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Thursday, October 20, 2016
Campaign launched against provision of morning-after pill in schools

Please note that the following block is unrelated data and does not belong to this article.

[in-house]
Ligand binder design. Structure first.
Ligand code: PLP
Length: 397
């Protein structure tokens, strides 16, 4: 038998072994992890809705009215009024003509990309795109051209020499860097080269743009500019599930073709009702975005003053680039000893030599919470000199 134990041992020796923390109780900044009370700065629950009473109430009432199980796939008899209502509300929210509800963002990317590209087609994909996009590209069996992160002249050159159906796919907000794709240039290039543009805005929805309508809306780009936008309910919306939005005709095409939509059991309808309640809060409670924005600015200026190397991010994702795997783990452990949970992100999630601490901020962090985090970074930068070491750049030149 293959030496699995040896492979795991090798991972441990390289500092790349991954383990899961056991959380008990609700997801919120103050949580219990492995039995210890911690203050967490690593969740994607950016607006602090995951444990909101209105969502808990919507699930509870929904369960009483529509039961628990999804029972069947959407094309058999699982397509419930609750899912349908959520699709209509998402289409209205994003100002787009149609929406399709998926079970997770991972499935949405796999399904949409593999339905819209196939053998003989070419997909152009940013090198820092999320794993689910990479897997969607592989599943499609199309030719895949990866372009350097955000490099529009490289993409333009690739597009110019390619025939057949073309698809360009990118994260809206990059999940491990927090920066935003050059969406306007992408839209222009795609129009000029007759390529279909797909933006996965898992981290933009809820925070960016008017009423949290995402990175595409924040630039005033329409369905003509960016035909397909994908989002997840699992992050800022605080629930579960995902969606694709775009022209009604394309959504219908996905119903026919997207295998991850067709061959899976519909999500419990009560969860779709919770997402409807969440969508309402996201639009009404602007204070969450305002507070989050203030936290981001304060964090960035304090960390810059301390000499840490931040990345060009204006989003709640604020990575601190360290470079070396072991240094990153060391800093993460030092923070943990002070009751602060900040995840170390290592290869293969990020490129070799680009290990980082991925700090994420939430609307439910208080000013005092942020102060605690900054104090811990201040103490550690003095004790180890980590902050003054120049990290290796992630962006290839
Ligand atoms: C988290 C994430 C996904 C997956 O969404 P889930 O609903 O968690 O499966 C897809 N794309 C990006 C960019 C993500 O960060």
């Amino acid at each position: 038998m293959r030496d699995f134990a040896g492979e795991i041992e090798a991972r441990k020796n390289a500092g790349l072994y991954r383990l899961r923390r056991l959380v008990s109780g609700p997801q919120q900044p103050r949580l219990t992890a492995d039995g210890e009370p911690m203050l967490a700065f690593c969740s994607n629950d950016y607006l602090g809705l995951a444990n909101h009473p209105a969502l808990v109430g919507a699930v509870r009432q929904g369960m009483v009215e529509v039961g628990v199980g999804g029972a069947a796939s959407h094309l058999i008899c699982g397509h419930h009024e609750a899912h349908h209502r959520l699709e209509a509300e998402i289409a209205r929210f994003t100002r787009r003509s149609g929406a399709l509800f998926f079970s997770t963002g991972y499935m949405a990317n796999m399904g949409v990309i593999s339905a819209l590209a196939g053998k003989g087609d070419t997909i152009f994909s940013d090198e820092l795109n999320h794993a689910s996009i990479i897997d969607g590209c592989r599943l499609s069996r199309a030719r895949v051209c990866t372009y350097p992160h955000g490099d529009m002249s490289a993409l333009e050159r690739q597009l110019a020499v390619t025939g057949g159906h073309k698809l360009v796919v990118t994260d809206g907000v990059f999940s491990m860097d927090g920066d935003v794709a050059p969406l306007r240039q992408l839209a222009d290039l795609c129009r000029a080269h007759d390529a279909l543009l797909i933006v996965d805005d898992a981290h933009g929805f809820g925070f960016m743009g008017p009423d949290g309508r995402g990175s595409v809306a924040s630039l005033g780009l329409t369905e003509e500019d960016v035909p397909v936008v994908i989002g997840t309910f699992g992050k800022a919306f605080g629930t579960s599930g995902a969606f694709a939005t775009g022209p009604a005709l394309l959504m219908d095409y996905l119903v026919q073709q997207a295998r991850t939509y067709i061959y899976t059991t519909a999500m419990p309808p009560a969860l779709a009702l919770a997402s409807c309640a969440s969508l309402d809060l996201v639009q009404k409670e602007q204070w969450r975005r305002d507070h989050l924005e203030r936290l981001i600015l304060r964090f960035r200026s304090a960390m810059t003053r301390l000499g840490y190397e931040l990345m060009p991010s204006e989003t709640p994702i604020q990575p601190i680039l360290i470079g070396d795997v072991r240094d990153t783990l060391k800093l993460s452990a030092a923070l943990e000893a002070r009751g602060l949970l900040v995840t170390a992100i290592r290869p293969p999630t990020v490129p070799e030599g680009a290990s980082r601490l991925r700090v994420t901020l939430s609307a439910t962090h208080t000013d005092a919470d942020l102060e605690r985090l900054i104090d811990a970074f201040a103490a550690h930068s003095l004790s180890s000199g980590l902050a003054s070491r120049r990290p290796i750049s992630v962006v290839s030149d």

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 The prolife charity LIFE today launched a protest against government plans to distribute the morning-after pill in schools. With the support of the Department of Health, many councils across Britain are planning to make this abortion pill available to schoolgirls, with no parental consent and 'no questions asked'. The campaign says school nurses are already distributing it in Oxfordshire. Five secondary schools in West Sussex plan to pilot the project next Spring, along with schools in Wandsworth and Balham in south London. "What the Department of Health, operating through the so-called Teenage Pregnancy Unit, is planning", said LIFE Trustee Nuala Scarisbrick, "is yet another assault on young people - the quick fix by a government bent on reducing teenage pregnancy and abortion rates (or seeming to be tackling them) at whatever cost. "Let's be quite clear about what the government is wanting to achieve. By making this abortifacient available 'on demand' to underage girls - even 11-year-olds - it is abetting seriously criminal activity. Just when it is insisting on parental responsibility in other matters, it is openly undermining parents' authority by allowing school nurses to distribute this powerful drug without their approval. "Recent research has shown that greater access to contraception does not reduce teenage pregnancy rates. It has led in recent decades to the increasing sexualisation of the young and hence more unwanted pregnancy. It has made matters much worse. It is the chief cause of the very problem the government is now trying to tackle. "Levonelle-2 will increase the amount of sexually transmitted diseases, already at epidemic levels in our cities among young people. It will be bad for girls' bodies and minds - and bad for boys, because it will further trivialise sex and make girls even more 'available'. "We urge everyone to write to their local authorities stating that taxpayers ' money should not be used for this scheme, that it will not work, that it will increase the amount of sexually transmitted disease (and infertility) and hence put more burdens on the NHS, that Levonelle-2 is a dangerous drug which should not be handed out at school lunch breaks, etc. "Some councils have already decided not to be pushed down this road by the Department of Health. Well-aimed protests could make a lot of others think again."
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